Here’s How Supermarket Loyalty Cards are Exploiting Consumers Weakness
Certain supermarket loyalty schemes, according to critics, are taking advantage of the cost of living problem by offering high discounts only to those who sell large amounts of personal data.
Customer privacy is becoming a “luxury” for many struggling households because shoppers who want to protect their private data are being charged a premium by certain supermarkets, who refuse them access to offers enjoyed by those signed up to loyalty schemes, they have warned.
A review of the privacy rules of the UK’s two largest grocery chains, Tesco and Sainsbury’s, discovered “disturbing” uses for shopper data concealed in the fine print.
According to privacy group Big Brother Watch, Tesco’s Clubcard scheme and Sainsbury’s Nectar programme are able to create detailed profiles of customers’ preferences and spending habits that can be sold to other companies, which can target the public with specific advertisements based on shoppers’ purchase histories.
Although directly identifying information such as names and membership numbers are removed, the data is granular enough to feed into “hyper-specific targeting” in the form of personalised advertising it claimed.
Based on the research, Tesco and Sainsbury’s both connect access to discounts to data sharing and are “the worst offenders” among the UK’s top supermarket retailers for selling on the data.
With extreme food price inflation and skyrocketing energy, fuel, and transportation bills pushing millions of households to the breaking point, shoppers’ ostensible freedom of choice when deciding whether to join loyalty programmes that offer members deep discounts in exchange for detailed data may be limited.
Tesco, the grocery chain with the largest market share, has recently revamped its Clubcard scheme, shifting away from offering rewards such as treats and days out to aggressively discounting products specifically for loyalty card holders in order to compete with budget rival Aldi.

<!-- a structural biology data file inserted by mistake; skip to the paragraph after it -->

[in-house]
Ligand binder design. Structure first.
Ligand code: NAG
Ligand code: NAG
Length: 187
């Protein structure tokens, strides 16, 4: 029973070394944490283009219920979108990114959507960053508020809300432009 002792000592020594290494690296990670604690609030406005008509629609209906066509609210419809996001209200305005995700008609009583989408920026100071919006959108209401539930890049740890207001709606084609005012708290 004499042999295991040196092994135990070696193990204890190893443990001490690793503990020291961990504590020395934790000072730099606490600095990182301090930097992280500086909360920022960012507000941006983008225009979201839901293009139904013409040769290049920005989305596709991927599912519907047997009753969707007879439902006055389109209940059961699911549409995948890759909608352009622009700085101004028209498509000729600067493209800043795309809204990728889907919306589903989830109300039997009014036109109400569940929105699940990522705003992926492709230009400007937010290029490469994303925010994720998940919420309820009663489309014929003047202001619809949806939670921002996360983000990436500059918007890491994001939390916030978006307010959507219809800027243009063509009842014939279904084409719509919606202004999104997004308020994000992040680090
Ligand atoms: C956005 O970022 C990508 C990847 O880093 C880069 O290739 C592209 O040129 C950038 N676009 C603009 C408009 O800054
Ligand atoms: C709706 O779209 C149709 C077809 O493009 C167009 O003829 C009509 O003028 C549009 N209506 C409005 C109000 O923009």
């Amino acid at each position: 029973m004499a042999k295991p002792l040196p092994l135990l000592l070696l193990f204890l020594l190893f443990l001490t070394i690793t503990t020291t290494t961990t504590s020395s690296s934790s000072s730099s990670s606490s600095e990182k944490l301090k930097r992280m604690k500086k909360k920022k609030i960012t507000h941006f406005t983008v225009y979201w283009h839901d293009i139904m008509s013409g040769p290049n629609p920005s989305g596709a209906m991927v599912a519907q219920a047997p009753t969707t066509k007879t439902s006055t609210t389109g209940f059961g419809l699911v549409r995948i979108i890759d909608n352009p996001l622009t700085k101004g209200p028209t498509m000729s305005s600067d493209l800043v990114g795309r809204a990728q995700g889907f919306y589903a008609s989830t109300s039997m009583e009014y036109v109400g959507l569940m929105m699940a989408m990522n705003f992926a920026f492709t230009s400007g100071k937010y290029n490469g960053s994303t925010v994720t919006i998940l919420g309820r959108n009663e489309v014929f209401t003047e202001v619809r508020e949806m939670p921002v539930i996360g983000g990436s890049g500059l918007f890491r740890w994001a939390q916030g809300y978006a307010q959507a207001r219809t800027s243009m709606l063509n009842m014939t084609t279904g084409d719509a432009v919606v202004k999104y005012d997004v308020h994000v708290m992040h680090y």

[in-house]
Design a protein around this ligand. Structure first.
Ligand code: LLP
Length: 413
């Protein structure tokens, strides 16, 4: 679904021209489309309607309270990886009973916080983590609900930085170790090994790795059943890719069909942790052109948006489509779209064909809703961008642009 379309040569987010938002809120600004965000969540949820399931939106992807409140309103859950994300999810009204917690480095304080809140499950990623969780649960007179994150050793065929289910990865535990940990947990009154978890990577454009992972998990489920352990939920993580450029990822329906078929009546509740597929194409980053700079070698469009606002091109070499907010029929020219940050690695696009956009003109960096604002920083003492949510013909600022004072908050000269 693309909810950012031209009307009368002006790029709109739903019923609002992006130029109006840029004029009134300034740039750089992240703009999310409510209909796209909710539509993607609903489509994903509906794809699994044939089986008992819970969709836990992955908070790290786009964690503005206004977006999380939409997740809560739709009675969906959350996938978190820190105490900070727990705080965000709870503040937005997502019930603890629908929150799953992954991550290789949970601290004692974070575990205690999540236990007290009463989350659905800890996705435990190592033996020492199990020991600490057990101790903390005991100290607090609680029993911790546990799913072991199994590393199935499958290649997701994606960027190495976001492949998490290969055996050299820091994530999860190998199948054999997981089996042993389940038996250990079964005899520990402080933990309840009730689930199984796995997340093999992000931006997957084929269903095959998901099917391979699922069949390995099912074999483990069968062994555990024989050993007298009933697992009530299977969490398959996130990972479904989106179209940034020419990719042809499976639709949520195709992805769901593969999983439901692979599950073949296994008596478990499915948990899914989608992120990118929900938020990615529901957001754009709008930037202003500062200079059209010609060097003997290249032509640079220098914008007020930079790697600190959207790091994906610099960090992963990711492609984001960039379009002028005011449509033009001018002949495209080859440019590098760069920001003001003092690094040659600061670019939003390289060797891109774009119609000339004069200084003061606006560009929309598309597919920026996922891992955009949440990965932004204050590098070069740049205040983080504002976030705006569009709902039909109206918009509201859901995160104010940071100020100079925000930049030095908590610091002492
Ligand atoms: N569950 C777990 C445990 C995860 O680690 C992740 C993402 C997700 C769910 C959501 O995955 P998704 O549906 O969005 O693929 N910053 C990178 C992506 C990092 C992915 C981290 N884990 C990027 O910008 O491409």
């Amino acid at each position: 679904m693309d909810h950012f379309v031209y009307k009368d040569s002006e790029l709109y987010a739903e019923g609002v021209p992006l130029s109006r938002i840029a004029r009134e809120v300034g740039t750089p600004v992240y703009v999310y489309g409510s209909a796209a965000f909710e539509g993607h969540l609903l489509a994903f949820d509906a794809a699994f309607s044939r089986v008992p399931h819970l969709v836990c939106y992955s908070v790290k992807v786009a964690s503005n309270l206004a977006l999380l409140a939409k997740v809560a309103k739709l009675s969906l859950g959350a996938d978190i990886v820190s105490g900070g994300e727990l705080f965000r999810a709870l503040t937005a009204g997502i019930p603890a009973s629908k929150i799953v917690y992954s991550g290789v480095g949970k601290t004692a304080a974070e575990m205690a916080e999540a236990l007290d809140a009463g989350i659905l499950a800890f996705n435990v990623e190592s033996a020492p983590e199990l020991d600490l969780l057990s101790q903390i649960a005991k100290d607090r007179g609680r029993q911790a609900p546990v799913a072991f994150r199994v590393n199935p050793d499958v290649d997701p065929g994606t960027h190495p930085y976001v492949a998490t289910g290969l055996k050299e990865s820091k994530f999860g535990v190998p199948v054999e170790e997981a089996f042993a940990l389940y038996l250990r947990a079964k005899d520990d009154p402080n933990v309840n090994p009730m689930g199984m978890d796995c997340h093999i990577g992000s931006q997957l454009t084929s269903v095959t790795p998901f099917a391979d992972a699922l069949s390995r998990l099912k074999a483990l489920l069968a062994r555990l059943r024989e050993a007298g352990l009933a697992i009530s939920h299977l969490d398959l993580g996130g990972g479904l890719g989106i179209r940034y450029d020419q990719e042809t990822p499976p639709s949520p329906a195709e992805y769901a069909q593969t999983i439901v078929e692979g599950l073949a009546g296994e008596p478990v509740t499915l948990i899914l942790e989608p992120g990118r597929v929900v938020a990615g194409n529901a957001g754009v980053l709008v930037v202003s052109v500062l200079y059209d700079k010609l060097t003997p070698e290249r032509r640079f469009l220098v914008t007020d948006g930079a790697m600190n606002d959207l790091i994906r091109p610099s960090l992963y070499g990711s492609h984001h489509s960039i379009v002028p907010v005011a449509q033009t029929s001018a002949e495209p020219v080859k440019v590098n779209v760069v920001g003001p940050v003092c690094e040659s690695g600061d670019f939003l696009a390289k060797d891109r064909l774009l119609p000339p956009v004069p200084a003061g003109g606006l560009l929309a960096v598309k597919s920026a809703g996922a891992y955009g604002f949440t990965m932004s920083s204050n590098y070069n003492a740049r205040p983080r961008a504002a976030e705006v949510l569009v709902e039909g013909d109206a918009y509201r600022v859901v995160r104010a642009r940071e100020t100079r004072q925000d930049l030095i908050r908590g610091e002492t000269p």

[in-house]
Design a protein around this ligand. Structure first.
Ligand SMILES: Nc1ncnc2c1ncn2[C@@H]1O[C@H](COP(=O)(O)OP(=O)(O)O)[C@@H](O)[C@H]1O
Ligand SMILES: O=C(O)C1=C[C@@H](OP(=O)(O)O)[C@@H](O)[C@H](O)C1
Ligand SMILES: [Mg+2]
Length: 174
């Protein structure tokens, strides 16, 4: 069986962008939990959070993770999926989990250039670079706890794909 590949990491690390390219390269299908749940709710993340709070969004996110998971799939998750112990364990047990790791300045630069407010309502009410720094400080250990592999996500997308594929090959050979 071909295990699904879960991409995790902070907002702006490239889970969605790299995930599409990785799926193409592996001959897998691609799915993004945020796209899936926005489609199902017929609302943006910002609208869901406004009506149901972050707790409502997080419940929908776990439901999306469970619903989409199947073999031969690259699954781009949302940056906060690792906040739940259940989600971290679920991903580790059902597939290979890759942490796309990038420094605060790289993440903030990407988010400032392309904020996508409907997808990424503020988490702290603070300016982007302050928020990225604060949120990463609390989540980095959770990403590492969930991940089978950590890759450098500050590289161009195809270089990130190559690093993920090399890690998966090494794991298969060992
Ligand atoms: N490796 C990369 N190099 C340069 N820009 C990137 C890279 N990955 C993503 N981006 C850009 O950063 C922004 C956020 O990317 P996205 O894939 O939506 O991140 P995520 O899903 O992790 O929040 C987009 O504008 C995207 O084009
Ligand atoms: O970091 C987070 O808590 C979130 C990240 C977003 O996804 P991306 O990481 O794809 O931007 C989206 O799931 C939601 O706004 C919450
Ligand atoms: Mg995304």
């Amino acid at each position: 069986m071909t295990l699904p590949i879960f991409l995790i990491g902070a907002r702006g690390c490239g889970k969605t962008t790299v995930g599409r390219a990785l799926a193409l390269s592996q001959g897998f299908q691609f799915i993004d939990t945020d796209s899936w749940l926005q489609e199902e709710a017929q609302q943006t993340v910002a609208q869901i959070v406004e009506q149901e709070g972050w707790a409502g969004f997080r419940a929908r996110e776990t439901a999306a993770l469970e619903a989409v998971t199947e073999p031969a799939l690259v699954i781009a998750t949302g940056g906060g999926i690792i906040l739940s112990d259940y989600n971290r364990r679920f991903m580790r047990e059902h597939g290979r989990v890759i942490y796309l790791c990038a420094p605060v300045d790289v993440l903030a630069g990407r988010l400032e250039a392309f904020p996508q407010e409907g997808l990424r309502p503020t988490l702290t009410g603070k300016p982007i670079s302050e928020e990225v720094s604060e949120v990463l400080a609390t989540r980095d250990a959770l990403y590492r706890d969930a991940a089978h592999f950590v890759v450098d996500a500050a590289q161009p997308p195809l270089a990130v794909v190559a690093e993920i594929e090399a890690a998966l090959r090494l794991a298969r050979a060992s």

Customers are informed through store signage and advertising that those who do not participate in the initiative will pay more for a variety of products. Essential commodities such as cereal, cheese, and nappies are significantly cheaper for customers willing to share their data.
In addition to “identity” data such as Clubcard holders’ names, titles, residences, and phone numbers, the shop collects information about their bank accounts, payment card details, and transaction history. “This includes when, where, what, and how you purchased that product or service,” according to the document. “We may share personal data with…our retail partners, media partners, and service providers.”
Big Brother Watch stated that shoppers were “effectively paying a premium to protect their data” and that “customer privacy is becoming a luxury.”
It is concerning that some supermarkets are exploiting a cost-of-living crisis by forcing shoppers to trade more and more of their personal data in order to access discounts that were previously available to all, said Jake Hurfurt, a spokesman for the group.
There is a serious risk that shoppers will feel pressured into handing over their data if the trend of requiring a loyalty card to access any special offer continues.